But some issues do not impact politics. Why has there been no progress in tackling those issues? Why have governments not effectuated good economics when politics has not been a constraint? Here, the answer is more complex and, in my view, rooted in the erosion of our institutions of governance. This erosion commenced decades ago, in the 1970s, when for the first time since Independence appointments to the bureaucracy and the judiciary were made on the basis of personal and political preference, not professional integrity. The erosion has continued unabated, and as a result, today, the institutional checks and balances embodied in our constituency have got corroded and power has shifted from the constitutionally embedded organs of governance towards extra-constitutional authorities and individuals. There is now lack of clarity about who is responsible for what, and this has further calcified decision-making. A senior bureaucrat on the edge of retirement is now understandably cautious. Why risk the fallout from an ‘act of commission’ when there are no sanctions attached to ‘acts of omission’.

The consequence of the hollowing out of our institutions, the ‘personalisation’ of power and the widening gap between the promise of policy and its delivery is compounding the tensions between the ‘society’ and the ‘State’. These relations have been tense since 1991-92 when economic reforms unleashed the ‘animal spirits’ of our youthful population, and since the forces of globalisation and technology heightened expectations. We are witness today to public manifestation of these tensions. The trigger is the Citizenship Amendment Act (CAA), but there is a deeper message underlying the current protests. The ‘society’ will not allow the ‘State’ to rewrite the social contract to reflect narrow and partisan predilections.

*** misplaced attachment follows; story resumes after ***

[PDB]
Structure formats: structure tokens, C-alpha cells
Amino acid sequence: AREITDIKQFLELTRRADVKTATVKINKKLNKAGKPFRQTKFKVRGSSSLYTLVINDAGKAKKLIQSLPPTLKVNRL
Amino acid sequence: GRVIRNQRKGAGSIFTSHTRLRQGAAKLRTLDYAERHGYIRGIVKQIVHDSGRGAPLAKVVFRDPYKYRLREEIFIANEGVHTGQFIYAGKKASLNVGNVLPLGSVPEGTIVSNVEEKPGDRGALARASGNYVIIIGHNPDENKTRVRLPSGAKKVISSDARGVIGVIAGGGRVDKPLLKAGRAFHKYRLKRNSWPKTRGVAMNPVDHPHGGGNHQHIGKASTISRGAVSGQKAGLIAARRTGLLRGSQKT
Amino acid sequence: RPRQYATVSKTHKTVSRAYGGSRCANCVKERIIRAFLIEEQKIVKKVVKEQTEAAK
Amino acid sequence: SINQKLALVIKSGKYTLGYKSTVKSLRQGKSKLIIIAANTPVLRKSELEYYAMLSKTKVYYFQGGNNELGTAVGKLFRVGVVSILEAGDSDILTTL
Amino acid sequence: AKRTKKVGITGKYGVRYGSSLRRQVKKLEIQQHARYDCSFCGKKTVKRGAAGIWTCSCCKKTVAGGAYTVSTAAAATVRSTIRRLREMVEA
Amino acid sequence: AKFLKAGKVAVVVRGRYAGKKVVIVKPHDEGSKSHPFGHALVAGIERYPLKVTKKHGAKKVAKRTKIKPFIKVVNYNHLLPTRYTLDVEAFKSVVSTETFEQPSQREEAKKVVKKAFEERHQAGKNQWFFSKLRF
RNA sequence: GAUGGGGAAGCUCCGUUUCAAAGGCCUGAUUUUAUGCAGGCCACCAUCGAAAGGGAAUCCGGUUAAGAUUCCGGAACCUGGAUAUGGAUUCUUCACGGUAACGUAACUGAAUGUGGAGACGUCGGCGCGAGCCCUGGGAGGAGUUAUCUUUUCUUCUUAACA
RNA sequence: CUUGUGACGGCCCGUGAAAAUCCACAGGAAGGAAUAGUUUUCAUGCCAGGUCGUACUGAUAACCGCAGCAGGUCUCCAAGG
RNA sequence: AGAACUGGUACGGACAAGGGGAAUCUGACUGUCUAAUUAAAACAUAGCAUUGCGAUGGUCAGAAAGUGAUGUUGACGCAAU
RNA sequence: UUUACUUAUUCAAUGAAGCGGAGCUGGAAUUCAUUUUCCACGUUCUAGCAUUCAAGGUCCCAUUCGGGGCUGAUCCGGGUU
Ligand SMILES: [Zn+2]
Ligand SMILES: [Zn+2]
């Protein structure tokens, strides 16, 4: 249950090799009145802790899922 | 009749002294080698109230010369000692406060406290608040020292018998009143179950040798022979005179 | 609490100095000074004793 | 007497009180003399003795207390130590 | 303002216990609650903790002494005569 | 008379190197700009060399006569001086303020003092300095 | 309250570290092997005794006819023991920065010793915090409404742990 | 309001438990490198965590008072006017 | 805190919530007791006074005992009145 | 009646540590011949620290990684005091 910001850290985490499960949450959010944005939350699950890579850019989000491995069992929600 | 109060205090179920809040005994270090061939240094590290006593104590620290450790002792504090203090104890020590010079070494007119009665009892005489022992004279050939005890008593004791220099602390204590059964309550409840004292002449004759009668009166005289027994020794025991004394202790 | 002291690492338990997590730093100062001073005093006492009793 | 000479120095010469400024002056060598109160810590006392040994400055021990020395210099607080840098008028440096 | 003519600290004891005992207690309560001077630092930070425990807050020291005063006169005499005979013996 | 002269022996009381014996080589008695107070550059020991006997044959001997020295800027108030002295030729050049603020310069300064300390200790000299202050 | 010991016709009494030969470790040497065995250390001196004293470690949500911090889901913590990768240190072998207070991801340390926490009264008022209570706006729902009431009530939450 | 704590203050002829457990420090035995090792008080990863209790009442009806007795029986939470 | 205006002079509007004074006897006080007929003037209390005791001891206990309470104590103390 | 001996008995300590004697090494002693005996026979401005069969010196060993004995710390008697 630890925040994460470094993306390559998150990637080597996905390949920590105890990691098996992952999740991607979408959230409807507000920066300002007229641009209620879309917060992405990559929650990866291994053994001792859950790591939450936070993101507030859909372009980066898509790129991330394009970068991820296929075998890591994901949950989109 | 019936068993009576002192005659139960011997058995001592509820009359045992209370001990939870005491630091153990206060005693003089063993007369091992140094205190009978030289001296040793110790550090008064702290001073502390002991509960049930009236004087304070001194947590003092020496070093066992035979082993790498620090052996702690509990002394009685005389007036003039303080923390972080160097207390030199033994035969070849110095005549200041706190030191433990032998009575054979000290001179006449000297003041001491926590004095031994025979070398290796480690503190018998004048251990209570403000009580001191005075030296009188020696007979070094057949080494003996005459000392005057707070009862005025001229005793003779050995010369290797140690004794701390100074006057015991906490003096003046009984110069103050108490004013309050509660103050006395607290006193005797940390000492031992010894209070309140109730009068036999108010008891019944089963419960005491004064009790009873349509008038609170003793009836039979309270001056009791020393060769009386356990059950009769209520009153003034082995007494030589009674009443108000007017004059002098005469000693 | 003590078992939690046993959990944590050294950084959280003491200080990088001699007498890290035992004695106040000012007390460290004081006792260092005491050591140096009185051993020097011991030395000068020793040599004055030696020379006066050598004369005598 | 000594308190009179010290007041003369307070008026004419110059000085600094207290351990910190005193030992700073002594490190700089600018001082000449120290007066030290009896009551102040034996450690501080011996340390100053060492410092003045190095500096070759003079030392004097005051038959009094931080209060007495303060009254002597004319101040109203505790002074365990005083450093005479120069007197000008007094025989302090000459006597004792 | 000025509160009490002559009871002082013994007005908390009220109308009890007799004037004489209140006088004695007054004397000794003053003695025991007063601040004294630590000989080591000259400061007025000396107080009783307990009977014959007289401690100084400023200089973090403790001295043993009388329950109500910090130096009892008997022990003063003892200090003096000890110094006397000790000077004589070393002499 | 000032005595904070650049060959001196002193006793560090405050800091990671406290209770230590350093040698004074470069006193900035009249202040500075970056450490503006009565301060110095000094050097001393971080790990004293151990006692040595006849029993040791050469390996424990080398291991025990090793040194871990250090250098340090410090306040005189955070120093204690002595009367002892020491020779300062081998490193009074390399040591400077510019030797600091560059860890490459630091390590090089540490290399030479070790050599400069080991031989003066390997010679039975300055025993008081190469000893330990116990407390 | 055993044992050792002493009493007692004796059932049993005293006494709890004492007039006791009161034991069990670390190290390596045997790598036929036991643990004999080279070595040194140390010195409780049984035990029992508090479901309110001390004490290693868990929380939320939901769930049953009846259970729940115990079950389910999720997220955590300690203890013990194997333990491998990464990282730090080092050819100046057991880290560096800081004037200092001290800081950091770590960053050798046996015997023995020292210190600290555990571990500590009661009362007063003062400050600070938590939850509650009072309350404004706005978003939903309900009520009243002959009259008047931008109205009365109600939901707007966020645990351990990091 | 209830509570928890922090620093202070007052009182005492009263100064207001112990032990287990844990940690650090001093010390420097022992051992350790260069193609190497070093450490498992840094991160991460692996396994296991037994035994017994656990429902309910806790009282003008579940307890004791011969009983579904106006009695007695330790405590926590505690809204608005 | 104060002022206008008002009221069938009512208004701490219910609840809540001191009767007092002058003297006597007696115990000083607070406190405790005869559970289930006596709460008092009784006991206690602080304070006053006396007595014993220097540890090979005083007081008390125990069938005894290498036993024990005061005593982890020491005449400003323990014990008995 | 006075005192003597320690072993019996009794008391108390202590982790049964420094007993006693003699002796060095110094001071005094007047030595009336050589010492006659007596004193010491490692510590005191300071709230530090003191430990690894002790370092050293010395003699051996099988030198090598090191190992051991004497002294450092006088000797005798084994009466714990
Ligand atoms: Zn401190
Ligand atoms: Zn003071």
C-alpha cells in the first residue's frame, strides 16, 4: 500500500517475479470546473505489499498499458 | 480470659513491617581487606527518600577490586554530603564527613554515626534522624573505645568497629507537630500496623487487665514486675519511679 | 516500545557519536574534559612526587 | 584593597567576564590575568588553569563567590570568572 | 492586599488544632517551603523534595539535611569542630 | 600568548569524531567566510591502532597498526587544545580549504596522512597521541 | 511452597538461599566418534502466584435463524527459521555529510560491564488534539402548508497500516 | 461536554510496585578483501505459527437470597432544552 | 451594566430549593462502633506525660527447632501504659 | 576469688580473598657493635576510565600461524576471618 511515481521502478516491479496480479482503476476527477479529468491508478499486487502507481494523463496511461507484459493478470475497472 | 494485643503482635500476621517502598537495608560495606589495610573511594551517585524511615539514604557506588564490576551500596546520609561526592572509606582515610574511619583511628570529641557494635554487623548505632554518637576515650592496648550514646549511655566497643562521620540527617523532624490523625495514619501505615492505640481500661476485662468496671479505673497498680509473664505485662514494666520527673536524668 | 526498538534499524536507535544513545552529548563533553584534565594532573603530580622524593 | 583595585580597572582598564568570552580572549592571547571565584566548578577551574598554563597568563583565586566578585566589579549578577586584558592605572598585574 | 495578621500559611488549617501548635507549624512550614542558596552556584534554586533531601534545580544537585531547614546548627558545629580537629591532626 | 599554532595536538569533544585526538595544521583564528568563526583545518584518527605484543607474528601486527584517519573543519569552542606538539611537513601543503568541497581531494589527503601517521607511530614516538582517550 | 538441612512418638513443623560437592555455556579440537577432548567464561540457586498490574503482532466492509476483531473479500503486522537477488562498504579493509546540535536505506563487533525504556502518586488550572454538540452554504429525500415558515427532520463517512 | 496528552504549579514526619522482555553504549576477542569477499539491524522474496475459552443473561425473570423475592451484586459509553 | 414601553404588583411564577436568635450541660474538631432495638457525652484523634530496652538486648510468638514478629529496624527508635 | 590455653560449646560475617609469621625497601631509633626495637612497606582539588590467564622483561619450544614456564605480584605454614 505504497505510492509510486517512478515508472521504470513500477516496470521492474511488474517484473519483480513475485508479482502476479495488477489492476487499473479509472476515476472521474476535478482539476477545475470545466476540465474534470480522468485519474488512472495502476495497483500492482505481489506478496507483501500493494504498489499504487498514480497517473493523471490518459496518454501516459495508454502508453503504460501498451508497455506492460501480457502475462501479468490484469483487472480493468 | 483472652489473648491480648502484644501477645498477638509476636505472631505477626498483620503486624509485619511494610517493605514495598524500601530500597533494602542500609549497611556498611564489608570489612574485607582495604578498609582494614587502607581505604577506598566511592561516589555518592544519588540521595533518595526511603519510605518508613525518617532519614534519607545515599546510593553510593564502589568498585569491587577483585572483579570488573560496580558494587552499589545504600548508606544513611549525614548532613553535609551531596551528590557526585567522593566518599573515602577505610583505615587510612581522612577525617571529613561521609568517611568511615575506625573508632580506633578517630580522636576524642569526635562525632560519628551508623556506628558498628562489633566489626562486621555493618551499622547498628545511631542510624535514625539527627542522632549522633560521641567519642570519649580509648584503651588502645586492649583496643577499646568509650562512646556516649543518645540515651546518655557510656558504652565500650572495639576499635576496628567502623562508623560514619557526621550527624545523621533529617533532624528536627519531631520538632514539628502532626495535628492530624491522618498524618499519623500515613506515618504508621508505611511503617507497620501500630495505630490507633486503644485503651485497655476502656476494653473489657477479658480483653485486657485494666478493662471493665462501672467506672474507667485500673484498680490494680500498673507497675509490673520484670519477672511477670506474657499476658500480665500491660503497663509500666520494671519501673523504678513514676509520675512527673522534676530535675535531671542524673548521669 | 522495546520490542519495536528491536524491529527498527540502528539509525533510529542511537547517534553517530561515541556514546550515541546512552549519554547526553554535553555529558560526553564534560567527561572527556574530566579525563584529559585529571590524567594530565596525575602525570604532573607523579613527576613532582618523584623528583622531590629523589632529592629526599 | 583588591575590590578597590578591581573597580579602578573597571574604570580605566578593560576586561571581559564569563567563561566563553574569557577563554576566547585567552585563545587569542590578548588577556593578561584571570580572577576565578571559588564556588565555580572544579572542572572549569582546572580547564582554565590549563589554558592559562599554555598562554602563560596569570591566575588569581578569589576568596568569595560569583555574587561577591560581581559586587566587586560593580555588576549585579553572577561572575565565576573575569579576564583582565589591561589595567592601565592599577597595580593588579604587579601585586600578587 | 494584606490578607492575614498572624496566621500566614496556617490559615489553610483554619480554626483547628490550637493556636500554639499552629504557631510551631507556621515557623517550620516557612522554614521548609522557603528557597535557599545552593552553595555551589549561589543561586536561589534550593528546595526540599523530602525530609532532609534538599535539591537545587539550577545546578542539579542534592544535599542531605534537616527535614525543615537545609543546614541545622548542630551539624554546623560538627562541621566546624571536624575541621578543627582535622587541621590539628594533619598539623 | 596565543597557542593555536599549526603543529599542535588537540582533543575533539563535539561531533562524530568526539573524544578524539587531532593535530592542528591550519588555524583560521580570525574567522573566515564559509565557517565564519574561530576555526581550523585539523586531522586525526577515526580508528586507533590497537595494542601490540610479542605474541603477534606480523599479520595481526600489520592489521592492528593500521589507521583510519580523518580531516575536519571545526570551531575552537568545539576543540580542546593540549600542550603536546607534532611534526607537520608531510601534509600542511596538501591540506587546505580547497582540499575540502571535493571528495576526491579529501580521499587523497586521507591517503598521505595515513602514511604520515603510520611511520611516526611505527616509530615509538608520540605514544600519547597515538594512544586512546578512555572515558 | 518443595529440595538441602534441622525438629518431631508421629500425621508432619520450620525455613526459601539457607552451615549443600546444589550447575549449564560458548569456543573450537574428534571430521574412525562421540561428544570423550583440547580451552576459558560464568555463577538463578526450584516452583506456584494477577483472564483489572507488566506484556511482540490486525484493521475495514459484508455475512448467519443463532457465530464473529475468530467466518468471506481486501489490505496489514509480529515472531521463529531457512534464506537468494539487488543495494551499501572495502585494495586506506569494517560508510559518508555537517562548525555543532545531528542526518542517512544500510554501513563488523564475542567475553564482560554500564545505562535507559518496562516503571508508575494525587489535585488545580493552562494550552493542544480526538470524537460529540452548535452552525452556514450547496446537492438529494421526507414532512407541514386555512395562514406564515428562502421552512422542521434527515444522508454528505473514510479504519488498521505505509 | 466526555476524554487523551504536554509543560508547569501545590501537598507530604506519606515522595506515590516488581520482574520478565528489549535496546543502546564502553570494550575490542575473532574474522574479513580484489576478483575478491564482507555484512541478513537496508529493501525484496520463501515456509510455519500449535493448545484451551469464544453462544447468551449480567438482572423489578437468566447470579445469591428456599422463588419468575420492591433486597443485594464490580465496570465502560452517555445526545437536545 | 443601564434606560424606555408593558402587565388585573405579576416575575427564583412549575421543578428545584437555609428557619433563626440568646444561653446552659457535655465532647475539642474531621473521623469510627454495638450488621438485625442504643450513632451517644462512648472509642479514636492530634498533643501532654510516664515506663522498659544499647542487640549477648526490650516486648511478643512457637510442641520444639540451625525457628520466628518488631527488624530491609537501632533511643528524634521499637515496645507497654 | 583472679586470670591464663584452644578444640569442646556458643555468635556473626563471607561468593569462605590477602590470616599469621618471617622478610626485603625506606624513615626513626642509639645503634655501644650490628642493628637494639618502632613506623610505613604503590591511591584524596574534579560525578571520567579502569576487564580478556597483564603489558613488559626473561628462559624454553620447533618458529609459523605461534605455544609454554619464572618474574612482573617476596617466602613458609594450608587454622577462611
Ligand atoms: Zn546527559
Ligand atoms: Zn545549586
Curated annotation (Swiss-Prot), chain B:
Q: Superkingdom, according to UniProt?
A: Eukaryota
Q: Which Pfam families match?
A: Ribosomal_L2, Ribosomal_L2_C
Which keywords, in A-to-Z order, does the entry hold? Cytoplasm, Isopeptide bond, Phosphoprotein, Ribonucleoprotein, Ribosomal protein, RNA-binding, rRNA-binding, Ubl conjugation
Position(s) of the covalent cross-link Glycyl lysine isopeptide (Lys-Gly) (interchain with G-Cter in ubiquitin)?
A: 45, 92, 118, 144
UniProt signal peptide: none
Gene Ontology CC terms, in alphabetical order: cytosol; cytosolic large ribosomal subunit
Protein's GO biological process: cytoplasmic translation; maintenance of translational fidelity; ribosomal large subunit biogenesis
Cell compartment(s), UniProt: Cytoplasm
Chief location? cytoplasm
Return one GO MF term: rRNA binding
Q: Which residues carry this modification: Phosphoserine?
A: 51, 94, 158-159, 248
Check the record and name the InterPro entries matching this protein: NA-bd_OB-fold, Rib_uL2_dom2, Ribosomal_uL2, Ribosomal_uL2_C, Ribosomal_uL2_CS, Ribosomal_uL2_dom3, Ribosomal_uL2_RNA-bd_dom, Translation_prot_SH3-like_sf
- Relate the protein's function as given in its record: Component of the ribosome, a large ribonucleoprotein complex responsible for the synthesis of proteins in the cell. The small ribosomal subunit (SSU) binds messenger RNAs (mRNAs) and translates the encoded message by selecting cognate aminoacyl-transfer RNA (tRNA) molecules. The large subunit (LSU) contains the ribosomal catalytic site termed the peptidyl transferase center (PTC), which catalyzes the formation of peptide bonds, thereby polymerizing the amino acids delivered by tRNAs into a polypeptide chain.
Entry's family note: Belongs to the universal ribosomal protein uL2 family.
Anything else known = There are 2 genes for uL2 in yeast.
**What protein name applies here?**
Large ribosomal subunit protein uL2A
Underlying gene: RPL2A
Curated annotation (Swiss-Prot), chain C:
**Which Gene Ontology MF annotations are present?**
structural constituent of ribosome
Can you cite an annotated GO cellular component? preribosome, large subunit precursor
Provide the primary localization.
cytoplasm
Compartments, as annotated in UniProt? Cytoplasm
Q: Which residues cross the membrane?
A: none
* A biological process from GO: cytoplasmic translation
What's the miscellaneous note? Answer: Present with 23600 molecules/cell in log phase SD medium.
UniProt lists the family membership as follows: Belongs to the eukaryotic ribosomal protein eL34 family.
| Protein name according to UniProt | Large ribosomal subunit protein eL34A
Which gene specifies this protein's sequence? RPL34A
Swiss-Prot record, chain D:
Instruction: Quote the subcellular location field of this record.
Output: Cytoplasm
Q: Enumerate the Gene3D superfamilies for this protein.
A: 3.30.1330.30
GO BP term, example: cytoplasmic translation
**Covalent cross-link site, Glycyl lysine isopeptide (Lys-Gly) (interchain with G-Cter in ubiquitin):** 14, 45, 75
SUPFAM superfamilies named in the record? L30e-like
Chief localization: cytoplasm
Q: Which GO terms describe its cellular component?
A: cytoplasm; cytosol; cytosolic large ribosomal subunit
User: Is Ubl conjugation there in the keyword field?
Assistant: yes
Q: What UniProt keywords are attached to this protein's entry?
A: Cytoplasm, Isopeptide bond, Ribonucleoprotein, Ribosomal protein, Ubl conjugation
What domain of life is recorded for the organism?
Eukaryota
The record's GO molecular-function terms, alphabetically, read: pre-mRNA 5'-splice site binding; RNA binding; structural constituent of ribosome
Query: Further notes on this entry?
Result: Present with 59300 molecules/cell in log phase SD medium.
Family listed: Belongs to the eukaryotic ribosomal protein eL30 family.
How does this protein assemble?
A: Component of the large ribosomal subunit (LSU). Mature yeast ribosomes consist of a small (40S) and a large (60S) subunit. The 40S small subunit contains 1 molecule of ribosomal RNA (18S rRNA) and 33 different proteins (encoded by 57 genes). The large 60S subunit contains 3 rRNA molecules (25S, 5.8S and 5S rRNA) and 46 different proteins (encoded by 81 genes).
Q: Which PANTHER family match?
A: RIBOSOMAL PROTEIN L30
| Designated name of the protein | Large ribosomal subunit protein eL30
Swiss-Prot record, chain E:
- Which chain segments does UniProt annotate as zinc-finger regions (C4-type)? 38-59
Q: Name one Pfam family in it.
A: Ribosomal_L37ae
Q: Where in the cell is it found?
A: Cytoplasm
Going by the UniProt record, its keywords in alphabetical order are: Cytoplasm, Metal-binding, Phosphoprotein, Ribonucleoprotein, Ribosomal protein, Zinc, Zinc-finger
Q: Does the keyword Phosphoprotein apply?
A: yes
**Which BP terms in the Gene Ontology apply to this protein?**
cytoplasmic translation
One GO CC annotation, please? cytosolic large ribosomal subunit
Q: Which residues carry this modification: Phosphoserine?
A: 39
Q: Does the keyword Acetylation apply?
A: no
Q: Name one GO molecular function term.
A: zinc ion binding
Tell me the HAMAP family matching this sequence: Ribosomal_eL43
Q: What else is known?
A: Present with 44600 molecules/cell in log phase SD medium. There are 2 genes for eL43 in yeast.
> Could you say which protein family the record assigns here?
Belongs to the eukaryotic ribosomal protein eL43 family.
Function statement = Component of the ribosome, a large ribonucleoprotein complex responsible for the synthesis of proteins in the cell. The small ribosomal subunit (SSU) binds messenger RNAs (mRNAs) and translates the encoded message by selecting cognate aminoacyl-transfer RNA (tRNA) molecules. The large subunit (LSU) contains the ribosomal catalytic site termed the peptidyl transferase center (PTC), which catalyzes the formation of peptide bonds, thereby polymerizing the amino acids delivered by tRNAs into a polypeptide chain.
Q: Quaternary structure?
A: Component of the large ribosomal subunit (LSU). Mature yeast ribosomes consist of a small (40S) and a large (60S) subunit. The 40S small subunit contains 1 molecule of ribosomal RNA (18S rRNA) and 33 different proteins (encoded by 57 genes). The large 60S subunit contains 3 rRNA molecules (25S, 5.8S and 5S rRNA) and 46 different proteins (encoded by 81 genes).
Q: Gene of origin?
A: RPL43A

Professors Daron Acemoglu and James Robinson have recently published a book entitled “The Narrow Corridor: States, Societies, and the Fate of Liberty”. They write that squeezed between the lawless chaos of a failed State (‘absentee leviathan’) and the choke on civil liberties by autocracy (‘despotic leviathan’), there is a narrow corridor where the ‘State’ and the ‘society’ can be in balance (‘shackled leviathan’). It is within this corridor that the State can discharge its duties to “resolve conflicts, enforce law, provide public services, and create economic opportunities,” but without “encroaching on the rights and liberties of the society.” The hope for the new decade must be that our ‘State’ and ‘society’ will find a way into such a corridor. This would reinvigorate our institutions, and accelerate the resolution of outstanding critical issues.

The author is chairman & senior fellow, Brookings India